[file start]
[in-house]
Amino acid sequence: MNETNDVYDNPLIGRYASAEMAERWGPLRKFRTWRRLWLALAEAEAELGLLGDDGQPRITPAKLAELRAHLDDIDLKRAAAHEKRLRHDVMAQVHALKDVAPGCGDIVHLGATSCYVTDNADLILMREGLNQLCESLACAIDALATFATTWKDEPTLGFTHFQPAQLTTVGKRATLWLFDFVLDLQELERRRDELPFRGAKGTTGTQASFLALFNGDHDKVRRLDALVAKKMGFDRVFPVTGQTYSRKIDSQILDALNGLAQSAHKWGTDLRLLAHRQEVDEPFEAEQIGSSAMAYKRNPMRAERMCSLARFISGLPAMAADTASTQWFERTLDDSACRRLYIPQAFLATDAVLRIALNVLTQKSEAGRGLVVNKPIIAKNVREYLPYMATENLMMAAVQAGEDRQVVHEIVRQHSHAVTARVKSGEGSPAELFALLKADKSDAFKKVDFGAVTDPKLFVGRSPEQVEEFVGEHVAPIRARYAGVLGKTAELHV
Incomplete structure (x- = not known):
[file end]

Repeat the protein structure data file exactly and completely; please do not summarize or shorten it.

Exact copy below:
[in-house]
Amino acid sequence: MNETNDVYDNPLIGRYASAEMAERWGPLRKFRTWRRLWLALAEAEAELGLLGDDGQPRITPAKLAELRAHLDDIDLKRAAAHEKRLRHDVMAQVHALKDVAPGCGDIVHLGATSCYVTDNADLILMREGLNQLCESLACAIDALATFATTWKDEPTLGFTHFQPAQLTTVGKRATLWLFDFVLDLQELERRRDELPFRGAKGTTGTQASFLALFNGDHDKVRRLDALVAKKMGFDRVFPVTGQTYSRKIDSQILDALNGLAQSAHKWGTDLRLLAHRQEVDEPFEAEQIGSSAMAYKRNPMRAERMCSLARFISGLPAMAADTASTQWFERTLDDSACRRLYIPQAFLATDAVLRIALNVLTQKSEAGRGLVVNKPIIAKNVREYLPYMATENLMMAAVQAGEDRQVVHEIVRQHSHAVTARVKSGEGSPAELFALLKADKSDAFKKVDFGAVTDPKLFVGRSPEQVEEFVGEHVAPIRARYAGVLGKTAELHV
Incomplete structure (x- = not known):